Fundamentals of Engineering Design
cohesive layers is usually distinct and well defined (Thorne, 1981, p. 460). The number of layers present
should be noted as well as the thickness of the layers.
Tension cracks and crack depth note the presence of tension cracks. Generally, tension cracks
develop vertically down the bank face on steep banks and significantly reduce the stability of a bank with
respect to mass failure. The width and depth of the crack should be recorded.
Structure type describes the presence and type of any structure in the study reach.
Structure condition describes the current condition of the structure. A stable designation indicates
a structure that is functioning as designed and is not being undermined or destroyed by unstable fluvial
processes. Marginal describes a structure that is not completely functioning as designed or is degrading or
near failure. Failed characterizes a structure that is not performing as designed or has failed due to some
adjustment in the fluvial system.
Observed problems identify the type of problems related to the structure and the failure to perform
Bank vegetation describes the type, condition, and location of vegetation. The general types of
vegetation prevalent in and along the streams are important for determining the overall bank stability, the
rate of bank shifting, the erodibility of the banks, and the resistance to flows. The existence of vegetation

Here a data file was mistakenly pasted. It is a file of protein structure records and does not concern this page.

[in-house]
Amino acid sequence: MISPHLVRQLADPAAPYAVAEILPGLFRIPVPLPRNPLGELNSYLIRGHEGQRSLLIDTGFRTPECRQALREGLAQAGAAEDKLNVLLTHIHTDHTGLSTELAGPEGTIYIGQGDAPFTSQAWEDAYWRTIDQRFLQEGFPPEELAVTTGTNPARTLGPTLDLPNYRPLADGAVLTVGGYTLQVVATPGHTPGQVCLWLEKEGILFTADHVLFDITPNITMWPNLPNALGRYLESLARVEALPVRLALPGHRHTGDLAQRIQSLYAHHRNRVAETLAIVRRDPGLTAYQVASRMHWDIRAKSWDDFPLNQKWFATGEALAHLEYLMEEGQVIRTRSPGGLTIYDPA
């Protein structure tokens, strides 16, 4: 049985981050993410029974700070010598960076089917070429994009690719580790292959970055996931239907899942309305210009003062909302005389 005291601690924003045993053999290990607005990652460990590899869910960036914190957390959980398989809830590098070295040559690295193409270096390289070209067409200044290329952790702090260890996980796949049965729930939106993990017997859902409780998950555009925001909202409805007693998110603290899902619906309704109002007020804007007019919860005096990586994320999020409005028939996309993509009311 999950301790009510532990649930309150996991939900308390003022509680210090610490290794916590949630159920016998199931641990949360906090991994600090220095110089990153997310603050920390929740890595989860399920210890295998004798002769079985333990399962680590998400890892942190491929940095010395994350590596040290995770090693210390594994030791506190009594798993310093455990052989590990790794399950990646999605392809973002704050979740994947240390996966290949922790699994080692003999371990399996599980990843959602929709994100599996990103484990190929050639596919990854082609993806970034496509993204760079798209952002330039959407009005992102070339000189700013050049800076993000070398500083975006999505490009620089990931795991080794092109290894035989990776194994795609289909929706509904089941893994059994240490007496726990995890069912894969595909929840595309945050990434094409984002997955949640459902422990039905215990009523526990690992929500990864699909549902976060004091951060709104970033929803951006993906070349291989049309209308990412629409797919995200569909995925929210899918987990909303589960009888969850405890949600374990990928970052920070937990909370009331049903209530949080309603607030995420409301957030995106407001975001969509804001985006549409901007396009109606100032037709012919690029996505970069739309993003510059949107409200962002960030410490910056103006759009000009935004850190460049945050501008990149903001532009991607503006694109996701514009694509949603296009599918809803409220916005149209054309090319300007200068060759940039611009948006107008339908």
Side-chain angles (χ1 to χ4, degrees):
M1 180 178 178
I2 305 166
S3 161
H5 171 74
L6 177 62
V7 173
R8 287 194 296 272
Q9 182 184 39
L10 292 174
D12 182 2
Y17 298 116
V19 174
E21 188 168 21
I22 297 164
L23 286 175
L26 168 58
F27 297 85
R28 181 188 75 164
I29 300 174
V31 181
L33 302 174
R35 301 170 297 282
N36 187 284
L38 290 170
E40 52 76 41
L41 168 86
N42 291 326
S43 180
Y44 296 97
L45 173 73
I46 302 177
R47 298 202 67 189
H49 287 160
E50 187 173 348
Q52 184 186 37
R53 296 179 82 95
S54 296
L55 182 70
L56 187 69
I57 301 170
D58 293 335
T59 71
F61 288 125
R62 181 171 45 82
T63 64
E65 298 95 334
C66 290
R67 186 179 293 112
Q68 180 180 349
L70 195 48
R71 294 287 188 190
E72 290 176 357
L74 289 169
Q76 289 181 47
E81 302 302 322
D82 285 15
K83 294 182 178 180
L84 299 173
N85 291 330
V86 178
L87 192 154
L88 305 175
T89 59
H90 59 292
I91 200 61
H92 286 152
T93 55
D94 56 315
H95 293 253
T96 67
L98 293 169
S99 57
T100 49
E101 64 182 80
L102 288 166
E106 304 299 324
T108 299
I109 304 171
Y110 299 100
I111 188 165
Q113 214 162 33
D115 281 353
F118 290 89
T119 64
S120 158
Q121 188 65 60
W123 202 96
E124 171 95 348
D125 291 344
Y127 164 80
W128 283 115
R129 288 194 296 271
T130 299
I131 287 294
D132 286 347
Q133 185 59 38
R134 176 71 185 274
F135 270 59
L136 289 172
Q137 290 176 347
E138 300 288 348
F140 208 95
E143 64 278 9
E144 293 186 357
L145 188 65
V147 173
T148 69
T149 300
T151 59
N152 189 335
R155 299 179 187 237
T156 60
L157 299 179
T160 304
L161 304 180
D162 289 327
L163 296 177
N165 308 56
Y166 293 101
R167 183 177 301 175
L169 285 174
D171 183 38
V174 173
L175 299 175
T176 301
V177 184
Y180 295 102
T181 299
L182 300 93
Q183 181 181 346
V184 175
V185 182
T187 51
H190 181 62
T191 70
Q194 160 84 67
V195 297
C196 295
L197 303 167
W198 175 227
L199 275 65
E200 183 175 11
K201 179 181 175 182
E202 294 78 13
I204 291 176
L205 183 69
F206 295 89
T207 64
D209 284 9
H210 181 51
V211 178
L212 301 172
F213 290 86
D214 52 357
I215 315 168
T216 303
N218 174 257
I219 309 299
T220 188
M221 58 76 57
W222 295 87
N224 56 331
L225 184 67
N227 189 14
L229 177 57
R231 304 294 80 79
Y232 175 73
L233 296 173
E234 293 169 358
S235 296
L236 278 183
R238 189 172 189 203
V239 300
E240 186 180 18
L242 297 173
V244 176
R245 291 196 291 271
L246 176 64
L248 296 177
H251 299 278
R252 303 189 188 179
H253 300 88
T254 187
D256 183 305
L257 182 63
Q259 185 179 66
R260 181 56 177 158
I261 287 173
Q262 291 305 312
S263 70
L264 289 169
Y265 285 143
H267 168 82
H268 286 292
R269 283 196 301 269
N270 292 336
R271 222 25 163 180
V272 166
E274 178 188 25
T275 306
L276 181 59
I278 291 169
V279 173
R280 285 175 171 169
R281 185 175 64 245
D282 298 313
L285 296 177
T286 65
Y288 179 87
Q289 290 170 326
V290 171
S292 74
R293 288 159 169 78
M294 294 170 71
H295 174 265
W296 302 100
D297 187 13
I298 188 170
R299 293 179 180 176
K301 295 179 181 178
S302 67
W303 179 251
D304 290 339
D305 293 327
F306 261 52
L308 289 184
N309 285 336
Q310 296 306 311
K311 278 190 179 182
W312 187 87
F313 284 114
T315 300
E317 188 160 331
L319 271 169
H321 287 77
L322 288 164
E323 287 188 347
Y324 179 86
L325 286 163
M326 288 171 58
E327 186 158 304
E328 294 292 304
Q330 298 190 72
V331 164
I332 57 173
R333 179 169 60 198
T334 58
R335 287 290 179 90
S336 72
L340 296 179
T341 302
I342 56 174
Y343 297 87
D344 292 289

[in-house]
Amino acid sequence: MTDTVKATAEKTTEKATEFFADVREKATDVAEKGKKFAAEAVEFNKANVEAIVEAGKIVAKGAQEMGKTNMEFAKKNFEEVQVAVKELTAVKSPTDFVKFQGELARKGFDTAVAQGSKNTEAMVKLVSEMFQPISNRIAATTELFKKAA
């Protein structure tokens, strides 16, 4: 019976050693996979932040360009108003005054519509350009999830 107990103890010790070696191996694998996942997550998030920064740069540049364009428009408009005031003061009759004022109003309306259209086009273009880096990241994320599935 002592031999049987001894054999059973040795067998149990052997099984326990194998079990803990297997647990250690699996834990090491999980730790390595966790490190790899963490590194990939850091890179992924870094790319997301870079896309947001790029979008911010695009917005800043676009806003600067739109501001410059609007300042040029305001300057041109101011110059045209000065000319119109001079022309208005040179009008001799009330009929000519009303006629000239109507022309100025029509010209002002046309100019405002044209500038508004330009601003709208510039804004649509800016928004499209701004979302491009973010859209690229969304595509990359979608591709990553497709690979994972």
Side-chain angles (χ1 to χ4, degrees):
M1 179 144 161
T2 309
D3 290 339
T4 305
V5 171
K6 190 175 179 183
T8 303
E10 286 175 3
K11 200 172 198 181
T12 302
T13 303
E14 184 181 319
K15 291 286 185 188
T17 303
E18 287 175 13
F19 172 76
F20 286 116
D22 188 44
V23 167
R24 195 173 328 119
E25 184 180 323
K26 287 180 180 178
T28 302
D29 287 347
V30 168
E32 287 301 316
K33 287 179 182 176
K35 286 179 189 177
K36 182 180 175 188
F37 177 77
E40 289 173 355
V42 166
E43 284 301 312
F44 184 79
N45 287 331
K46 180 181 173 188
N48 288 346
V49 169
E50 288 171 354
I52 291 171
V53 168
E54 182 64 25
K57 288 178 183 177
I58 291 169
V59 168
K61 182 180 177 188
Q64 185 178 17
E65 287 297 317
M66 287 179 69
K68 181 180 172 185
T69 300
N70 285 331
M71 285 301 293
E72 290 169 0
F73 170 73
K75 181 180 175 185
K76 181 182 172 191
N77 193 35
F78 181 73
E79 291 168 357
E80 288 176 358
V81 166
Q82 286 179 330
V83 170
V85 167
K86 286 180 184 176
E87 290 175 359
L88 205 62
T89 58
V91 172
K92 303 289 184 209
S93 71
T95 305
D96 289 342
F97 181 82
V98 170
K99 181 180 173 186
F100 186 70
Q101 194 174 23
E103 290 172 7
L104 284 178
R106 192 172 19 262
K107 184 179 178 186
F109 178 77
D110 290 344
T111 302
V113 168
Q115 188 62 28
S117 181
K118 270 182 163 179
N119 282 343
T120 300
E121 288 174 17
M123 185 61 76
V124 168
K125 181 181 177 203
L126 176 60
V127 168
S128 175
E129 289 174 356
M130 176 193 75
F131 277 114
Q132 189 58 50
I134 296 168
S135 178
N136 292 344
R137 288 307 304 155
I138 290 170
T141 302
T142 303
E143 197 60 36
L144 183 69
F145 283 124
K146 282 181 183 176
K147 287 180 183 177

on the bank can serve as an indicator of bank stability.
Vegetation broadly classifies the types of vegetation along the bank.
Tree types describe the different types of trees along the bank. Different tree types affect the bank
stability in different ways. Conifers are shallow rooted and lack a thick vegetative cover compared to
deciduous trees. Leaning trees are an excellent indication of an upcoming mass bank failure and the angle
should be noted. High water level can be estimated as the level at which tree growth begins.
Health describes the condition of the vegetation. Dead or dying vegetation can be a serious liability
to bank stability.
Roots describe the relationship between the vegetation roots and the bank surface. If the bank
surface is relatively stable, the roots are normally found just below the surface. If sediment is accumulating
on the bank, vegetation produces adventitious roots into the new sediment. If the bank is eroding, roots
are exposed. If the erosion is rapid, the roots are standing straight out of the bank face, while if the erosion
is gradual, the roots often turn and grow back into the soil.
Height is an important factor in determining the effects of vegetation on impeding near bank flows.
Tall vegetation encourages sedimentation while it reduces conveyance. Note the height of the average